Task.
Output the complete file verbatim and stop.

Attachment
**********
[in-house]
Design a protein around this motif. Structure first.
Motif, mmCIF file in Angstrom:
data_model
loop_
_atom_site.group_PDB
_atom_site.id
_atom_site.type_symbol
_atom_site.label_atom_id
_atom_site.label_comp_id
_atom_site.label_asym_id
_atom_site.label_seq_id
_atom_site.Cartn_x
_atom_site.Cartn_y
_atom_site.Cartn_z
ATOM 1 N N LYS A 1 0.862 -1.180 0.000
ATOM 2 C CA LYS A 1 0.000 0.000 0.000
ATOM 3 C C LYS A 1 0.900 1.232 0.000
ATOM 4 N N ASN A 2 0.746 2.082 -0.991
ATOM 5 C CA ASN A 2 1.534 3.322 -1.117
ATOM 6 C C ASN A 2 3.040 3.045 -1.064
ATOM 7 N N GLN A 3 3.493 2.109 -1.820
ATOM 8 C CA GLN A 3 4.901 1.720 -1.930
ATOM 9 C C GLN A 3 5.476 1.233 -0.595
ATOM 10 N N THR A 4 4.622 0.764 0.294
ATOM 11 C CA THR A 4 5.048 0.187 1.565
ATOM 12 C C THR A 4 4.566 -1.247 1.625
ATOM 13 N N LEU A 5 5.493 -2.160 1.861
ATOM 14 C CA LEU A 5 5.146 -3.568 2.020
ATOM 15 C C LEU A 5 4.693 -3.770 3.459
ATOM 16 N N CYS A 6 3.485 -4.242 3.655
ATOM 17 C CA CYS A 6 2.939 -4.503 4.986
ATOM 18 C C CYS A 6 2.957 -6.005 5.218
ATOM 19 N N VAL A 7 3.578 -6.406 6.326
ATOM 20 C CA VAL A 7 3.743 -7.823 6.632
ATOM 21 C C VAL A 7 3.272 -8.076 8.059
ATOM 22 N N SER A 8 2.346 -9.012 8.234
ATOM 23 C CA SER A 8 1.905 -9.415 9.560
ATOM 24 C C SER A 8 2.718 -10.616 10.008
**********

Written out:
[in-house]
Design a protein around this motif. Structure first.
Motif, mmCIF file in Angstrom:
data_model
loop_
_atom_site.group_PDB
_atom_site.id
_atom_site.type_symbol
_atom_site.label_atom_id
_atom_site.label_comp_id
_atom_site.label_asym_id
_atom_site.label_seq_id
_atom_site.Cartn_x
_atom_site.Cartn_y
_atom_site.Cartn_z
ATOM 1 N N LYS A 1 0.862 -1.180 0.000
ATOM 2 C CA LYS A 1 0.000 0.000 0.000
ATOM 3 C C LYS A 1 0.900 1.232 0.000
ATOM 4 N N ASN A 2 0.746 2.082 -0.991
ATOM 5 C CA ASN A 2 1.534 3.322 -1.117
ATOM 6 C C ASN A 2 3.040 3.045 -1.064
ATOM 7 N N GLN A 3 3.493 2.109 -1.820
ATOM 8 C CA GLN A 3 4.901 1.720 -1.930
ATOM 9 C C GLN A 3 5.476 1.233 -0.595
ATOM 10 N N THR A 4 4.622 0.764 0.294
ATOM 11 C CA THR A 4 5.048 0.187 1.565
ATOM 12 C C THR A 4 4.566 -1.247 1.625
ATOM 13 N N LEU A 5 5.493 -2.160 1.861
ATOM 14 C CA LEU A 5 5.146 -3.568 2.020
ATOM 15 C C LEU A 5 4.693 -3.770 3.459
ATOM 16 N N CYS A 6 3.485 -4.242 3.655
ATOM 17 C CA CYS A 6 2.939 -4.503 4.986
ATOM 18 C C CYS A 6 2.957 -6.005 5.218
ATOM 19 N N VAL A 7 3.578 -6.406 6.326
ATOM 20 C CA VAL A 7 3.743 -7.823 6.632
ATOM 21 C C VAL A 7 3.272 -8.076 8.059
ATOM 22 N N SER A 8 2.346 -9.012 8.234
ATOM 23 C CA SER A 8 1.905 -9.415 9.560
ATOM 24 C C SER A 8 2.718 -10.616 10.008